Sunday, March 21, 2010

See you later Oz, I’ll be back!

Alas my fairytale New Zealand and Australia trip was finally forced to an end, as the 12-week Georgia Tech Pacific study abroad program wrapped up its final days in Brisbane, Australia. Sadly, I had to say goodbye to Australia, but not yet to the South Pacific! After departing Brisbane, I took off for Rarotonga in the Cook Islands for an entire week!!

“Don't cry because it's over. Smile because it happened." Dr. Seuss

*Pix: A wrap up of Australia (primarily Sydney)
*Love all these emails so much, and want to reread them? Chasing Jessie
*All Pix: Picture compilation


Friday, March 5, 2010

Saving the Best (Weekend) for Last


Leaving audacious, foolish, dazzling Sydney for gentle Brisbane (‘brizz-ben’) after 3 weeks was my closest version of inter-country culture shock. Instead of basking in that awkwardness, I quickly caught a flight up to Cairns (‘cans,’ no ‘r’) for a launching point to the Great Barrier Reef (GBR). Landed Thursday afternoon, and stupidly booked Thursday night at Gilligan’s, seemingly the biggest backpacker’s hostel in the world. Well, maybe not the biggest, but potentially the loudest sleeping over 500 bodies per night, and dishing up raucous fun on a nightly basis in the throbbing bar, which conveniently amplifies music to nearly every room in the house. Thursday night was “Ladies Champagne” night, but even after 3 glasses served by half-dressed buff men, the noise in my top bunk could not be blocked out even after earplugs supplementation. Oh the life of cheap accommodations! Honestly though, who cares?! I was leaving bright and early Friday morning on a catamaran for the GBR!!!

Two days and one night of miraculousness followed on a live-aboard 120’ catamaran with 8 dives / day on the GBR. Words cannot accurately describe the colors and sights that I saw…

Wednesday, February 10, 2010

Jessie’s Animal Adventures

Considering Australia has 7 of the 10 deadliest animals in the world, it was only fitting that I visited loads of animal parks, sanctuaries, zoos and reserves! Next stop, RIP Steve Irwin’s home zoo and grounds, the Australia Zoo just outside of Brisbane, and Sydney Wildlife World in the middle of bustling Sydney!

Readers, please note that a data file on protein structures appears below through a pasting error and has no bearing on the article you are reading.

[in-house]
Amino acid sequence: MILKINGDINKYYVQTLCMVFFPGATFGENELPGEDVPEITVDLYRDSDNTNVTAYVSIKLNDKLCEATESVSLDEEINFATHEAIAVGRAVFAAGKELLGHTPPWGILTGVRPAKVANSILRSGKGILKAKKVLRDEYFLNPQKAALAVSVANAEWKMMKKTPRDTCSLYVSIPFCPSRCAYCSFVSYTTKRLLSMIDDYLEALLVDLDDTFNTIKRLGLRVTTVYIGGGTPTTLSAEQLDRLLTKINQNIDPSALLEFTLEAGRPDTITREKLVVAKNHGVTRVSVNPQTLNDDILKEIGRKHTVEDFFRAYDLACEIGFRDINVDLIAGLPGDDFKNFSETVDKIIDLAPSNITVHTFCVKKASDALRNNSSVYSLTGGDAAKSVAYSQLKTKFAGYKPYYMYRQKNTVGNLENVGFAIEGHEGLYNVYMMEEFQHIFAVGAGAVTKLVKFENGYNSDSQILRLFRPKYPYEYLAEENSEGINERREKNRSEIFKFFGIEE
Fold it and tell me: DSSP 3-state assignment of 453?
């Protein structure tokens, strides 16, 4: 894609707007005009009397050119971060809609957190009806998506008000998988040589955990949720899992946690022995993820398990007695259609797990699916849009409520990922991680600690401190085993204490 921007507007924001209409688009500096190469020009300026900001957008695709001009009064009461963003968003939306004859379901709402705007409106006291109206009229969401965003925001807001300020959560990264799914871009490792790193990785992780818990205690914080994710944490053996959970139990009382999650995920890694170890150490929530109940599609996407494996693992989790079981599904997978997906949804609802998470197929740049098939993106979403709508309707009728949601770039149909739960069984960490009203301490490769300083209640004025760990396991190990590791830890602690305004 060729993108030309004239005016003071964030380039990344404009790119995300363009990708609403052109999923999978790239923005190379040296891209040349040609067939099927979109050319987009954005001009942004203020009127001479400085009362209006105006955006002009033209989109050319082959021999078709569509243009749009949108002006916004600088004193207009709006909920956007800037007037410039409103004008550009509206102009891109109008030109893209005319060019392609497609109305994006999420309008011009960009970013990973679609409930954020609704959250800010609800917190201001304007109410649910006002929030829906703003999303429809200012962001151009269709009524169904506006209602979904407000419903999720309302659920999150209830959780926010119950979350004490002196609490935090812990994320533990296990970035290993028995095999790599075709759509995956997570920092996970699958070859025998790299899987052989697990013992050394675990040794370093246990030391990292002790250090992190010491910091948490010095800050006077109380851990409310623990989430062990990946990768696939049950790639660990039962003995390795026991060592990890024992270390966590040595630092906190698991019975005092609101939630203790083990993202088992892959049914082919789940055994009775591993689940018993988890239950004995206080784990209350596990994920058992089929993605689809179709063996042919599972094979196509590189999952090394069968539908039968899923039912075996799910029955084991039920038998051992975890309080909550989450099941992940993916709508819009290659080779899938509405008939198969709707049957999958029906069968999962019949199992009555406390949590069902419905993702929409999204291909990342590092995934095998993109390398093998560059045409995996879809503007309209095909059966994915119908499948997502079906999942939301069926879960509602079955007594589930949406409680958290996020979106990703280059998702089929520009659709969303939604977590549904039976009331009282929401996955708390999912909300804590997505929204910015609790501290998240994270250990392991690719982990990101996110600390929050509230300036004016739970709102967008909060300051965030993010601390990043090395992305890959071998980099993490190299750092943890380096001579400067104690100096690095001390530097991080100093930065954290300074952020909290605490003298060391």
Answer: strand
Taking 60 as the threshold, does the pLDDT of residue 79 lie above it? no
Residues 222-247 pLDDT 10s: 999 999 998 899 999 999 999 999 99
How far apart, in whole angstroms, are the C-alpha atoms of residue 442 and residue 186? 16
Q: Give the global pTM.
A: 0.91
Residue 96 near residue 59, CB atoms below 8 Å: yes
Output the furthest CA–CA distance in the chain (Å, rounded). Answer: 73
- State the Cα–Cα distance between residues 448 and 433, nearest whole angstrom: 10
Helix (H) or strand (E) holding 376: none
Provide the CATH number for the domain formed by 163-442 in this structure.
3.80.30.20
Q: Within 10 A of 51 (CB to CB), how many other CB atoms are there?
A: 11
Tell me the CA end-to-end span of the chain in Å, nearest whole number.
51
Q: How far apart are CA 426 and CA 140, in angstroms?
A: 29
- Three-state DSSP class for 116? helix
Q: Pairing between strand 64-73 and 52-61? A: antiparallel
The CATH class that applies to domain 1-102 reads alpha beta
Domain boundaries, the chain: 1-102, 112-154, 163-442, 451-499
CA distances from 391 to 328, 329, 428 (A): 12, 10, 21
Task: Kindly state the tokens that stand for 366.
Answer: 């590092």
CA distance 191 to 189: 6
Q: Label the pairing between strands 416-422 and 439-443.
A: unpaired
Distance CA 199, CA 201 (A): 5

Let’s talk about animals… a quick and fun science lesson! (After all, I am in the Pacific for the purpose of teaching Biology lab and class!!)

Snakes – everywhere!
Australia is home to the most highly venomous snakes in the world. It is also the only continent on which the venomous varieties outnumber the harmless ones. Although less than one third of the world’s snake species are venomous, they make up 65% of Australia’s snakes! Many are beneficial in that they eat small rodents which destroy crops and property. ALL snakes, venomous and nontoxic, are protected by law in Australia.
Indian Taipan - world's most venomous snake

What is a “Monotreme”?
The platypus and echidnas (2 species of echidnas)… Platypus are covered in fur, have the ability to suckle their young, as well as the ability to regulate their body temperature --- ALL characteristics of Mammasls! Platypus also lay eggs and have a single opening for the purposes of reproduction and excretion, which are typical characteristics of bats and reptiles. Platypus and echidnas are the only monotremes in the world, and are unique to Australia and Papua New Guinea (small island just north of AUS).
Platypus

Croc versus Gator?
The most reliable way of identifying a crocodile versus an alligator is to look at their teeth: In crocodiles, the teeth of the lower jaw fit into grooves on the outside of the upper jaw, so when the mouth is closed BOTH upper and lower teeth are visible. In alligators, the teeth of the lower jaw fit into sockets in the upper jaw, so when the mouth is closed ONLY the upper teeth are visible. (PS- There are no alligators native to Australia.) Snout shape is not a reliable way of telling the difference, as snout shape can vary within each species.
Saltwater crocodile

That’s all I’ve got! Enjoy the animal adventures!

Pix Australia Zoo
Pix Sydney Wildlife World & Aquarium

Sunday, January 24, 2010

Furry, cuddly, scaly, scary!

New Zealand has its nearly endangered living fossil, the tuatara; its namesake, the nocturnally elusive kiwi, and 35 million sheep. All impressive, no question, but let’s just face it… How many people oooh and ahhhh over scaly dinosaur ancestors, spotted little birds that are never seen, or mutton on the dinner plate? Move over New Zealand, Australia is putting up some power in the “cute” department! Cuddly koalas, boxing kangaroos and rainbowed lorikeets, oh my!